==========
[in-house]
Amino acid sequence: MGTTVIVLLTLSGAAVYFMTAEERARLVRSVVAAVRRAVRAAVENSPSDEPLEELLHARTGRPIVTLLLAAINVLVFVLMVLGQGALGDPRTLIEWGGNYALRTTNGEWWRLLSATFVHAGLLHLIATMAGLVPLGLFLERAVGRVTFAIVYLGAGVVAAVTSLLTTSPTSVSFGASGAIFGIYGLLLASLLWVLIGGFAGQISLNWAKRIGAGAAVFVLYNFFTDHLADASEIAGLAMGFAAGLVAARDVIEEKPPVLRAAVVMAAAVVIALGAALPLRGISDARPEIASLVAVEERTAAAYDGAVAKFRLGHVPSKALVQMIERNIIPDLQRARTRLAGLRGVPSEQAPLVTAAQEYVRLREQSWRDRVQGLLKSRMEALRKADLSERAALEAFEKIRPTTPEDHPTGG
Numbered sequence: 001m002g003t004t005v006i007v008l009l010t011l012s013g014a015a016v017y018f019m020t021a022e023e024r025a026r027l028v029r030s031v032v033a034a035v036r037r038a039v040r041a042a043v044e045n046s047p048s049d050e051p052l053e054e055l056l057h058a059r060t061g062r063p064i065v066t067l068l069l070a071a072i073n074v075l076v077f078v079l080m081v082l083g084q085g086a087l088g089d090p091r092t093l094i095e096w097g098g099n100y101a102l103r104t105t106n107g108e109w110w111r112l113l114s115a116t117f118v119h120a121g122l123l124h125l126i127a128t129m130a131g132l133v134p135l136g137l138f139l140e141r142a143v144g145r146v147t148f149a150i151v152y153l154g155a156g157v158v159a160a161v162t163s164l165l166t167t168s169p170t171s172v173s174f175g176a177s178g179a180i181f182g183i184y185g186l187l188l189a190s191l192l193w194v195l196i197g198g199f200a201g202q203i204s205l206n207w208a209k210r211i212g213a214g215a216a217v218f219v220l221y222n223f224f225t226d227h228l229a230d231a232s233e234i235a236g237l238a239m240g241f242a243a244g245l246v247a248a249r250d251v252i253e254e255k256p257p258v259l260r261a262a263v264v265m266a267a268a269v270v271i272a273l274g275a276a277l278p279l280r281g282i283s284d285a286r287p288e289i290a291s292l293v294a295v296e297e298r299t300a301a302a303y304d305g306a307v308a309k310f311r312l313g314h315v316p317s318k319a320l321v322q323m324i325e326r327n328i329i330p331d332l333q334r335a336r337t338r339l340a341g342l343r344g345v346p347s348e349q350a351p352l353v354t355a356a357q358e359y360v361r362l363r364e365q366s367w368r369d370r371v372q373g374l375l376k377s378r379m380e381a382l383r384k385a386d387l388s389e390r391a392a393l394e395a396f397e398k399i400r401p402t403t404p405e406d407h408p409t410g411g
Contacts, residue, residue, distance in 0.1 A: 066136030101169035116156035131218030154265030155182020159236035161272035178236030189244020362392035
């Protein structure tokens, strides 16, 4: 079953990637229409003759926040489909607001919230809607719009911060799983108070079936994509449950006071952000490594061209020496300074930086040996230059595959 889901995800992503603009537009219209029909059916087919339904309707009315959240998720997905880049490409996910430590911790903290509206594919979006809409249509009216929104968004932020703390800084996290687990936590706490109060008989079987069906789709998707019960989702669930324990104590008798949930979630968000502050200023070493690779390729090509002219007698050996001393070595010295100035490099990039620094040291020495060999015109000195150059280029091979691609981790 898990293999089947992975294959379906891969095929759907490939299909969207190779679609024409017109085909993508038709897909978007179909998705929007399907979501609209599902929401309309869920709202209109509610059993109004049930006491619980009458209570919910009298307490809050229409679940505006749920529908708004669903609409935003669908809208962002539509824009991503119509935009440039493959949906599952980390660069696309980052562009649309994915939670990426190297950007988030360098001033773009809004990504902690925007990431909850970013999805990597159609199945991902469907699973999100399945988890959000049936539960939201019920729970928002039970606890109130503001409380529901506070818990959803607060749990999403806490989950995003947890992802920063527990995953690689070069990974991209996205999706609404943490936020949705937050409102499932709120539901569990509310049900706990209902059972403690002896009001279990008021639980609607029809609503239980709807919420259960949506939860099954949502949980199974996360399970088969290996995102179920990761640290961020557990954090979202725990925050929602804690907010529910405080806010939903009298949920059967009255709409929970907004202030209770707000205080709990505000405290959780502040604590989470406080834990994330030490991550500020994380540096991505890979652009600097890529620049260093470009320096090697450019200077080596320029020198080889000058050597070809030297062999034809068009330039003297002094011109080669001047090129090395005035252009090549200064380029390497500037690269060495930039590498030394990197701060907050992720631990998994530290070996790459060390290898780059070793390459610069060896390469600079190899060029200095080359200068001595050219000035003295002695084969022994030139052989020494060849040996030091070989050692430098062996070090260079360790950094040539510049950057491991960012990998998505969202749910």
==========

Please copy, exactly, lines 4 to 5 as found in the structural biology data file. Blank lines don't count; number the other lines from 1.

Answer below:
Contacts, residue, residue, distance in 0.1 A: 066136030101169035116156035131218030154265030155182020159236035161272035178236030189244020362392035
């Protein structure tokens, strides 16, 4: 079953990637229409003759926040489909607001919230809607719009911060799983108070079936994509449950006071952000490594061209020496300074930086040996230059595959 889901995800992503603009537009219209029909059916087919339904309707009315959240998720997905880049490409996910430590911790903290509206594919979006809409249509009216929104968004932020703390800084996290687990936590706490109060008989079987069906789709998707019960989702669930324990104590008798949930979630968000502050200023070493690779390729090509002219007698050996001393070595010295100035490099990039620094040291020495060999015109000195150059280029091979691609981790 898990293999089947992975294959379906891969095929759907490939299909969207190779679609024409017109085909993508038709897909978007179909998705929007399907979501609209599902929401309309869920709202209109509610059993109004049930006491619980009458209570919910009298307490809050229409679940505006749920529908708004669903609409935003669908809208962002539509824009991503119509935009440039493959949906599952980390660069696309980052562009649309994915939670990426190297950007988030360098001033773009809004990504902690925007990431909850970013999805990597159609199945991902469907699973999100399945988890959000049936539960939201019920729970928002039970606890109130503001409380529901506070818990959803607060749990999403806490989950995003947890992802920063527990995953690689070069990974991209996205999706609404943490936020949705937050409102499932709120539901569990509310049900706990209902059972403690002896009001279990008021639980609607029809609503239980709807919420259960949506939860099954949502949980199974996360399970088969290996995102179920990761640290961020557990954090979202725990925050929602804690907010529910405080806010939903009298949920059967009255709409929970907004202030209770707000205080709990505000405290959780502040604590989470406080834990994330030490991550500020994380540096991505890979652009600097890529620049260093470009320096090697450019200077080596320029020198080889000058050597070809030297062999034809068009330039003297002094011109080669001047090129090395005035252009090549200064380029390497500037690269060495930039590498030394990197701060907050992720631990998994530290070996790459060390290898780059070793390459610069060896390469600079190899060029200095080359200068001595050219000035003295002695084969022994030139052989020494060849040996030091070989050692430098062996070090260079360790950094040539510049950057491991960012990998998505969202749910």